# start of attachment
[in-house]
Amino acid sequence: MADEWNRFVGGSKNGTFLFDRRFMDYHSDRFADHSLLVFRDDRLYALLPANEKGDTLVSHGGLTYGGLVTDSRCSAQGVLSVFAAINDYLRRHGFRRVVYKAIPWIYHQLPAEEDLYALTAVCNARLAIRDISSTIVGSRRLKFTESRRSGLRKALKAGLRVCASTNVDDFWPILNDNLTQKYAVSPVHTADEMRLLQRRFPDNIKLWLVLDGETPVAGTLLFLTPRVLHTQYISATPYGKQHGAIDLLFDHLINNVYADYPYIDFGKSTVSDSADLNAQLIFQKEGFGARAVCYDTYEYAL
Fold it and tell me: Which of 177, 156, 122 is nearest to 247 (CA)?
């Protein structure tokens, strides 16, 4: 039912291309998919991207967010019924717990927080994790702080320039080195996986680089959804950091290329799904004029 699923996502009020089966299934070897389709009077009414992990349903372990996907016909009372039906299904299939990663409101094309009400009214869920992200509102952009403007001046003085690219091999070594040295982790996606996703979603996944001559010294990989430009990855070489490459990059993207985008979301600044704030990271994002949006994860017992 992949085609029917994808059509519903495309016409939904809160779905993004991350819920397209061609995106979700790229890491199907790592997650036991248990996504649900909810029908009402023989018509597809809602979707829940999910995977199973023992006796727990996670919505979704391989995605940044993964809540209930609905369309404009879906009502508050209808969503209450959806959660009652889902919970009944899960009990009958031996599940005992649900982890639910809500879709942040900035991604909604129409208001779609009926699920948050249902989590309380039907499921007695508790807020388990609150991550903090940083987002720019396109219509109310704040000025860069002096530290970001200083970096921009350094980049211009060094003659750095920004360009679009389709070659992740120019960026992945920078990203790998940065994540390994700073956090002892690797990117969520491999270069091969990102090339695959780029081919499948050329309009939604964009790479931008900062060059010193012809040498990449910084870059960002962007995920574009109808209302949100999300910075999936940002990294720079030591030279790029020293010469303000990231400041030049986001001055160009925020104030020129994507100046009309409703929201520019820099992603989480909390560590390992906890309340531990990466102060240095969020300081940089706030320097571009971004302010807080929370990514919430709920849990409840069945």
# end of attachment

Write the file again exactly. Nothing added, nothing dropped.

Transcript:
[in-house]
Amino acid sequence: MADEWNRFVGGSKNGTFLFDRRFMDYHSDRFADHSLLVFRDDRLYALLPANEKGDTLVSHGGLTYGGLVTDSRCSAQGVLSVFAAINDYLRRHGFRRVVYKAIPWIYHQLPAEEDLYALTAVCNARLAIRDISSTIVGSRRLKFTESRRSGLRKALKAGLRVCASTNVDDFWPILNDNLTQKYAVSPVHTADEMRLLQRRFPDNIKLWLVLDGETPVAGTLLFLTPRVLHTQYISATPYGKQHGAIDLLFDHLINNVYADYPYIDFGKSTVSDSADLNAQLIFQKEGFGARAVCYDTYEYAL
Fold it and tell me: Which of 177, 156, 122 is nearest to 247 (CA)?
């Protein structure tokens, strides 16, 4: 039912291309998919991207967010019924717990927080994790702080320039080195996986680089959804950091290329799904004029 699923996502009020089966299934070897389709009077009414992990349903372990996907016909009372039906299904299939990663409101094309009400009214869920992200509102952009403007001046003085690219091999070594040295982790996606996703979603996944001559010294990989430009990855070489490459990059993207985008979301600044704030990271994002949006994860017992 992949085609029917994808059509519903495309016409939904809160779905993004991350819920397209061609995106979700790229890491199907790592997650036991248990996504649900909810029908009402023989018509597809809602979707829940999910995977199973023992006796727990996670919505979704391989995605940044993964809540209930609905369309404009879906009502508050209808969503209450959806959660009652889902919970009944899960009990009958031996599940005992649900982890639910809500879709942040900035991604909604129409208001779609009926699920948050249902989590309380039907499921007695508790807020388990609150991550903090940083987002720019396109219509109310704040000025860069002096530290970001200083970096921009350094980049211009060094003659750095920004360009679009389709070659992740120019960026992945920078990203790998940065994540390994700073956090002892690797990117969520491999270069091969990102090339695959780029081919499948050329309009939604964009790479931008900062060059010193012809040498990449910084870059960002962007995920574009109808209302949100999300910075999936940002990294720079030591030279790029020293010469303000990231400041030049986001001055160009925020104030020129994507100046009309409703929201520019820099992603989480909390560590390992906890309340531990990466102060240095969020300081940089706030320097571009971004302010807080929370990514919430709920849990409840069945």